See SEC v. National Securities, Inc., 1969, 393 U.S. 453, 466, 89 S.Ct. 564, 572, 21 L.Ed.2d 668, 680; Herpich v. Wallace, 5 Cir. 1970, 430 F.2d 792, 809; City National Bank v. Vanderboom, 8 Cir. 1970, 422 F.2d 221, 229, Cert. denied, 399 U.S. 905, 90 S.Ct. 2196, 26 L.Ed.2d 560
Section 3(a)(10) provides as follows in its entirety:
The term "security" means any note, stock, treasury stock, bond, debenture, certificate of interest or participation in any profit-sharing agreement or in any oil, gas, or other mineral royalty or lease, any collateral-trust certificate, preorganization certificate or subscription, transferable share, investment contract, voting-trust certificate, certificate of deposit, for a security, or in general, any instrument commonly known as a "security"; or any certificate of interest or participation in, temporary or interim certificate for, receipt for, or warrant or right to subscribe to or purchase, any of the foregoing; but shall not include currency or any note, draft, bill of exchange, or banker's acceptance which has a maturity at the time of issuance of not exceeding nine months, exclusive of days of grace, or any renewal thereof the maturity of which is likewise limited.
Although the Howey test has received some criticism, See, e. g., Silver Hills Country Club v. Sobieski, 55 Cal.2d 811, 13 Cal.Rptr. 186, 361 P.2d 906 (1961); Hawaii v. Hawaii Market Center, Inc., 52 Haw. 642, 485 P.2d 105 (1971), the Supreme Court reaffirmed its vitality in United Housing Foundation, Inc. v. Forman, 1975, --- U.S. ---, 95 S.Ct. 2051, 44 L.Ed.2d 621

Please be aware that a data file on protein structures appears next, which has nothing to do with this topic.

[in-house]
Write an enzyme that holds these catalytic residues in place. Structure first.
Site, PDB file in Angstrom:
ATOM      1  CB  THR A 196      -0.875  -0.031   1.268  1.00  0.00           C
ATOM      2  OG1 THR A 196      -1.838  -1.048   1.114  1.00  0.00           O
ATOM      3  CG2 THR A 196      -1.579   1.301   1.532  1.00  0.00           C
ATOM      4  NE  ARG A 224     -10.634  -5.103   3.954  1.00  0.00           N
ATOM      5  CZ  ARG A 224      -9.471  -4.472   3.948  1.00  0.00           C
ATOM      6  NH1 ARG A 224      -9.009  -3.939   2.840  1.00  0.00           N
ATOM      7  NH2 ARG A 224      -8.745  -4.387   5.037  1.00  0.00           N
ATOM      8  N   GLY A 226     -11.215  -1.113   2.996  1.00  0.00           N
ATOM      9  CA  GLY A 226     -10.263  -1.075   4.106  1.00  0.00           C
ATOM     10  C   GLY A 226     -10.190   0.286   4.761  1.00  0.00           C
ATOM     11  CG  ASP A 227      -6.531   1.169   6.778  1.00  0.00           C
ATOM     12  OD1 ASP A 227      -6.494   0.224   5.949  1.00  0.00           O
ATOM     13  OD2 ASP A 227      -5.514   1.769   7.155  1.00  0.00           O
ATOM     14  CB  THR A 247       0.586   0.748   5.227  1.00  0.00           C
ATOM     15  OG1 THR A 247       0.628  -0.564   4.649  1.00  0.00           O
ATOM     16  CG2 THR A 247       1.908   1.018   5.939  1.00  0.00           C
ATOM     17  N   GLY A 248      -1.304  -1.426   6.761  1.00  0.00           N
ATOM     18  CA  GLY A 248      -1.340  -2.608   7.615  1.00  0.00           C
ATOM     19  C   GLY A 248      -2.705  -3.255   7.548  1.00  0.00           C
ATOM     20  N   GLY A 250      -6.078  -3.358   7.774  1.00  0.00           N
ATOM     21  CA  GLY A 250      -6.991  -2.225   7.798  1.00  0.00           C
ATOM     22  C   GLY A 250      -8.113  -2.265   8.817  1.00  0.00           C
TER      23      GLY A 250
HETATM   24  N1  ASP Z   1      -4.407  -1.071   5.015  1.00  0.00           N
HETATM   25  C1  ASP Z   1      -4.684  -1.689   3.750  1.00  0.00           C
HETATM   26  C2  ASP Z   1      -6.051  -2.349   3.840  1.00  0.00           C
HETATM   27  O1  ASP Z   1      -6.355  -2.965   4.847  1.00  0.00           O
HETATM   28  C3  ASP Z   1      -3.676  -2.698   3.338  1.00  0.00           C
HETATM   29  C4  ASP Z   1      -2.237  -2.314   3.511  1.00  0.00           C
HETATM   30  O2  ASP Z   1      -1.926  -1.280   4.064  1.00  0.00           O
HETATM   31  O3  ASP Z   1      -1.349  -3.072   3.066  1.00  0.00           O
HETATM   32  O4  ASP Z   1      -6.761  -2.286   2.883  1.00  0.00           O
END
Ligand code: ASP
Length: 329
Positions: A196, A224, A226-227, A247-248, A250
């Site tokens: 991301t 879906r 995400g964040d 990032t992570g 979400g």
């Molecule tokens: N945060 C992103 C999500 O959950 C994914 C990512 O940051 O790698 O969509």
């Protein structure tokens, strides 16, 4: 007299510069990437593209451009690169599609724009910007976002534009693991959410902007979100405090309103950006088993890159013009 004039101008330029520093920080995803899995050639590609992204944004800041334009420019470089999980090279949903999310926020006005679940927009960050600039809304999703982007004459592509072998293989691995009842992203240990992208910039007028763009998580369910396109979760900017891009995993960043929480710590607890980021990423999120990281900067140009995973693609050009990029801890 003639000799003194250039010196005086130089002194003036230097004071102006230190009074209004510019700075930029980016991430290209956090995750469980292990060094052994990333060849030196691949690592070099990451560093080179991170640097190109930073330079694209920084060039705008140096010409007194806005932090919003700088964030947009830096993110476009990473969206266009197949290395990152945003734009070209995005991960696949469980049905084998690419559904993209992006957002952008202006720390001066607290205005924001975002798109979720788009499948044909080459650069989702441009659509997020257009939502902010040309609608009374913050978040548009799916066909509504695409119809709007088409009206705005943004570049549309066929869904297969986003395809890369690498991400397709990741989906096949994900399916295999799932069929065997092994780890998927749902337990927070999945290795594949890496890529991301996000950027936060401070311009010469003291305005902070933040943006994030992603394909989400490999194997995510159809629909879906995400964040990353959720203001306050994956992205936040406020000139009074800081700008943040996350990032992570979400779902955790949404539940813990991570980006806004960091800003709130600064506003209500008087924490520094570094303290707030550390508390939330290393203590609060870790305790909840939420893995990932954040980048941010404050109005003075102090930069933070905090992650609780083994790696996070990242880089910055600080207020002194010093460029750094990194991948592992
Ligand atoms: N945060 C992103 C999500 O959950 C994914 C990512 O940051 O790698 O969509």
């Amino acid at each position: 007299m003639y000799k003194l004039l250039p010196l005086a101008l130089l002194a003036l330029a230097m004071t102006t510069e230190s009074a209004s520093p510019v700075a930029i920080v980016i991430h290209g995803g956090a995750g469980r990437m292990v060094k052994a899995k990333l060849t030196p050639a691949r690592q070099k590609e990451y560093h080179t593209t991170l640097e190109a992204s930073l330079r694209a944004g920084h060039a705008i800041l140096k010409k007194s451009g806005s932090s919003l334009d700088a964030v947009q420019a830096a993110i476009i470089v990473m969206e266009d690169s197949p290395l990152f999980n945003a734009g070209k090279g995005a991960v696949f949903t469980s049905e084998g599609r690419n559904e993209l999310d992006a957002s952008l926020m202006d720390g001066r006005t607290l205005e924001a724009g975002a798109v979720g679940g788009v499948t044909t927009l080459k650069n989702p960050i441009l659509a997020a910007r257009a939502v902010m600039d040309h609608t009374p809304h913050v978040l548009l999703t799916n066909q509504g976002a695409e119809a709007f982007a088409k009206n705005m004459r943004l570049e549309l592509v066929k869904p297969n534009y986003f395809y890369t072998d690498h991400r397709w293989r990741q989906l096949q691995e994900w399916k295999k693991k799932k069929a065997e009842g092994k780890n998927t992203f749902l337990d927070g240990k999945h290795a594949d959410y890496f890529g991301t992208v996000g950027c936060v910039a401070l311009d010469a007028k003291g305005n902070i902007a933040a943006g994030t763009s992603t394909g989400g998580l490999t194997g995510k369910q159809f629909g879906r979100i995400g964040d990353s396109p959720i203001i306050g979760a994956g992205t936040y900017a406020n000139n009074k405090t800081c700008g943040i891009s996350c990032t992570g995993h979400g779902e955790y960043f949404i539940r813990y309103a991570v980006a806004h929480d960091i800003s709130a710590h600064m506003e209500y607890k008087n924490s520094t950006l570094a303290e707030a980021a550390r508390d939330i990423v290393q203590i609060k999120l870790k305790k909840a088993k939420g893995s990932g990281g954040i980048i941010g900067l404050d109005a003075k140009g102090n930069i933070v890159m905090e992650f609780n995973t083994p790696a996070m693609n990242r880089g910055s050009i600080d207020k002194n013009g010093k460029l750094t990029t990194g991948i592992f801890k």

The investment transaction, if there was one, would have been Mrs. Woodward's investment in CIC. The fact that the other individual had loaned the company money in December as a substitute for a purchase of securities, which Mrs. Woodward knew, shows that she was aware of this alternative form of investment. However, instead of loaning money directly to CIC, she loaned her credit and her stock for collateral. The money Metro loaned to Starnes, who passed it on to CIC, was thus made possible by Mrs. Woodward's willingness to serve as accommodation maker. In return for her credit and collateral, she was to receive the $1250 per month
Federal jurisdiction depends on the "use of any means or instrumentality of interstate commerce or of the mails, or of any facility of any national securities exchange." 15 U.S.C. § 78j (1970). However, this prerequisite generally poses no problem, since intrastate use of the telephone is sufficient to confer federal jurisdiction in a private 10b-5 action, and the evidence here shows several telephone calls. Dupuy v. Dupuy, 5 Cir. 1975, 511 F.2d 641, 643-44 & n. 3
Specifically, the court in Herpich said that
(t)ogether the section and the rule aim at reaching "misleading or deceptive activities, whether or not they are precisely and technically sufficient to sustain a common law action for fraud and deceit," Cady, Roberts & Co., 40 S.E.C. 907, (1961), carried on "in connection with" the purchase or sale of securities. They are not intended as a specification of particular acts or practices that constitute "manipulative or deceptive devices or contrivances," but are instead designed to encompass the infinite variety of devices that are alien to the "climate of fair dealing," SEC v. Capital Gains Research Bur., 375 U.S. 180, 201, 84 S.Ct. 275, 288, 11 L.Ed.2d 237 (1963), that Congress sought to create and maintain.
430 F.2d at 802.
Even if reliance were important, See Note, 88 Harv.L.Rev. 584 (1975), in light of Mrs. Woodward's lack of experience it is probably satisfied here